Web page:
Affiliation: Escuela de Ingeniería Civil en Bioinformática, Universidad de Talca, Avenida Lircay s/n, Talca, Chile ; Centro de Bioinformática y Simulación Molecular, Universidad de Talca, 2 Norte 685, Talca, Chile.

ABSTRACT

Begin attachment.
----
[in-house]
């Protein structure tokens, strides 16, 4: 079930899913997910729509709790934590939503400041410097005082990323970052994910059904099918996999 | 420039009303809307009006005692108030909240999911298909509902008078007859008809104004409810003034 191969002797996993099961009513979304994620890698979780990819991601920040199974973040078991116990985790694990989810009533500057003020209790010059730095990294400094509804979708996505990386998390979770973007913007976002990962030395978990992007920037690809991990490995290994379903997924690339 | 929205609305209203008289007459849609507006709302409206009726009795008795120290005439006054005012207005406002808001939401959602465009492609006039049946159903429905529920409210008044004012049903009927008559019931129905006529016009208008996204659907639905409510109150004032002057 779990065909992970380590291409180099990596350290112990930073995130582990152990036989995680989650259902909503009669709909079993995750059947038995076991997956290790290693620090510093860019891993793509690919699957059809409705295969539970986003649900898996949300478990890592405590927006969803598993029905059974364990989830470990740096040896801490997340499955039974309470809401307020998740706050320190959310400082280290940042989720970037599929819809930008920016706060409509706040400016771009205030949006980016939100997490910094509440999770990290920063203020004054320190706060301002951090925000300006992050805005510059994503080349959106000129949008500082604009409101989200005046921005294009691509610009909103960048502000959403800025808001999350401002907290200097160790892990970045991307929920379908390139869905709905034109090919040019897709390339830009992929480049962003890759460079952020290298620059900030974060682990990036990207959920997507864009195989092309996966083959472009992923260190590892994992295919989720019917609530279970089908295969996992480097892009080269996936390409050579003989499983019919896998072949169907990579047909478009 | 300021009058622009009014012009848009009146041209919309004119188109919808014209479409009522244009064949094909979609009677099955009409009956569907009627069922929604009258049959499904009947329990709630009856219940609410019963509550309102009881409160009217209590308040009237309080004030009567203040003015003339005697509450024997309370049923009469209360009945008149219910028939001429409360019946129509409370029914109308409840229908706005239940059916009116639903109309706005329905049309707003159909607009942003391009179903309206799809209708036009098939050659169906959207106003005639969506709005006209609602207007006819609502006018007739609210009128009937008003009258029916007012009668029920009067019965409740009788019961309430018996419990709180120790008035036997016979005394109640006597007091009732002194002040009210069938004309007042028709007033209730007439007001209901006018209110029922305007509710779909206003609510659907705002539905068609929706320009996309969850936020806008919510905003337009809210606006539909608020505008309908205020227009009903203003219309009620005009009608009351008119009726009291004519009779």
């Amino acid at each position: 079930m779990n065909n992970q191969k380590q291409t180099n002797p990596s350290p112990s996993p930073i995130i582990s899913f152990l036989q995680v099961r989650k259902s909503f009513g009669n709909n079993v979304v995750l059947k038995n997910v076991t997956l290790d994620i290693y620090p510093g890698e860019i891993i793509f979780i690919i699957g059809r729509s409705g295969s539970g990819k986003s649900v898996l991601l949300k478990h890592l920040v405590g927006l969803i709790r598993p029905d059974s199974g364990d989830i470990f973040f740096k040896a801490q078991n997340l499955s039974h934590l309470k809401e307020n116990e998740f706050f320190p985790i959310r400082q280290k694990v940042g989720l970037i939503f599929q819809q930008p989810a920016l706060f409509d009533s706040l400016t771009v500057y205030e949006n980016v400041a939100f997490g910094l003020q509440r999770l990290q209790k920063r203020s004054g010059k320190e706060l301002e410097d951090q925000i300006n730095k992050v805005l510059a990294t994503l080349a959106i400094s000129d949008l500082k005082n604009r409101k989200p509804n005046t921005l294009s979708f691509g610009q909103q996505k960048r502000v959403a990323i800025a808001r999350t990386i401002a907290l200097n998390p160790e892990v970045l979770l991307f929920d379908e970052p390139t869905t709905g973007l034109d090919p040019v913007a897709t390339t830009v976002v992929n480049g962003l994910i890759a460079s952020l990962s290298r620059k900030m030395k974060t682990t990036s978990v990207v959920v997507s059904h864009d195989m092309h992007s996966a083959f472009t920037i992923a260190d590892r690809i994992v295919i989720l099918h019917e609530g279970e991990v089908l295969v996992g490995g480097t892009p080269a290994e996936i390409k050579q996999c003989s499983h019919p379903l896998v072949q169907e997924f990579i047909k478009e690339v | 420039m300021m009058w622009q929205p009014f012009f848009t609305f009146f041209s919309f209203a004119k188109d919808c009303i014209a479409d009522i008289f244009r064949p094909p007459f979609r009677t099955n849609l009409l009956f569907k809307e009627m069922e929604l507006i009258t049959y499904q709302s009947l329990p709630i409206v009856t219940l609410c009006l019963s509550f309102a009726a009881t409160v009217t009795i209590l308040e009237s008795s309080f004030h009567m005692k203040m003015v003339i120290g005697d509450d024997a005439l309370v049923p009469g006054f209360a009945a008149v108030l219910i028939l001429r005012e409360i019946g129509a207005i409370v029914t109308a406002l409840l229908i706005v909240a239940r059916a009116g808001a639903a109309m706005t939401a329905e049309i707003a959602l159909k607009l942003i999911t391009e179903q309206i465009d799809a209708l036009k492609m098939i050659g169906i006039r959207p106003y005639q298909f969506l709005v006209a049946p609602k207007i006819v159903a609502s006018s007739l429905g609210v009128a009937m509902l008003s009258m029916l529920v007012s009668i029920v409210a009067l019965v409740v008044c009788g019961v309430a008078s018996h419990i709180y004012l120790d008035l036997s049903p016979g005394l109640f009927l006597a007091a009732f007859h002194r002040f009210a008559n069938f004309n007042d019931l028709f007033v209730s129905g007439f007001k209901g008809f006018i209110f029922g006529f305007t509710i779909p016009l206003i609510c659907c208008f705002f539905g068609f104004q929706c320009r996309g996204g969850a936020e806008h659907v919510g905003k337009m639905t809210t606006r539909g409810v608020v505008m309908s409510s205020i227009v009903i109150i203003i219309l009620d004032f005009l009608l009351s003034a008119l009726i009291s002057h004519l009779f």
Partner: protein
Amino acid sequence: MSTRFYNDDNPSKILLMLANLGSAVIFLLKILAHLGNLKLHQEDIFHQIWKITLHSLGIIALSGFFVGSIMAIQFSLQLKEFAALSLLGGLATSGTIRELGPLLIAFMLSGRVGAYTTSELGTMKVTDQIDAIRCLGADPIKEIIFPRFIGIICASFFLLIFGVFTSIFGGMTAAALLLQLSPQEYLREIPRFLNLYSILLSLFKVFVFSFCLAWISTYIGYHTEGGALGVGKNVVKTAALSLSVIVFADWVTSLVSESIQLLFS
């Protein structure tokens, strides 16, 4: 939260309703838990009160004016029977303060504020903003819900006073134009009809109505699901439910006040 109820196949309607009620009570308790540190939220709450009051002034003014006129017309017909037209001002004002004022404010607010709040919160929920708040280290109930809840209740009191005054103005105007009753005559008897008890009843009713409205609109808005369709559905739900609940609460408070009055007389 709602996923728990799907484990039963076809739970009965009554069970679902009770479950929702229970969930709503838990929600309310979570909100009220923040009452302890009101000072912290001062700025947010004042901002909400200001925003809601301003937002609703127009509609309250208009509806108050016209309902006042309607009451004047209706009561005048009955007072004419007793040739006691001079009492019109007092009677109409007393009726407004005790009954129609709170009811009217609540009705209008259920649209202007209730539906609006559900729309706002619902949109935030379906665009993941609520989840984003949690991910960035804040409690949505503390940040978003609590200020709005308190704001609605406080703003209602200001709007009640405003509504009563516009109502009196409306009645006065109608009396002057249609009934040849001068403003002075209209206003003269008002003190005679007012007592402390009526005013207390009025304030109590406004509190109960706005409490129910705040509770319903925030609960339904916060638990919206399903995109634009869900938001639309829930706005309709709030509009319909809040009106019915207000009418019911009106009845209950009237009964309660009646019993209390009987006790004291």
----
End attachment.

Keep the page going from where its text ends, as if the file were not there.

Background: Since the structure of proteins is more conserved than the sequence, the identification of conserved three-dimensional (3D) patterns among a set of proteins, can be important for protein function prediction, protein clustering, drug discovery and the establishment of evolutionary relationships. Thus, several computational applications to identify, describe and compare 3D patterns (or motifs) have been developed. Often, these tools consider a 3D pattern as that described by the residues surrounding co-crystallized/docked ligands available from X-ray crystal structures or homology models. Nevertheless, many of the protein structures stored in public databases do not provide information about the location and characteristics of ligand binding sites and/or other important 3D patterns such as allosteric sites, enzyme-cofactor interaction motifs, etc. This makes necessary the development of new ligand-independent methods to search and compare 3D patterns in all available protein structures.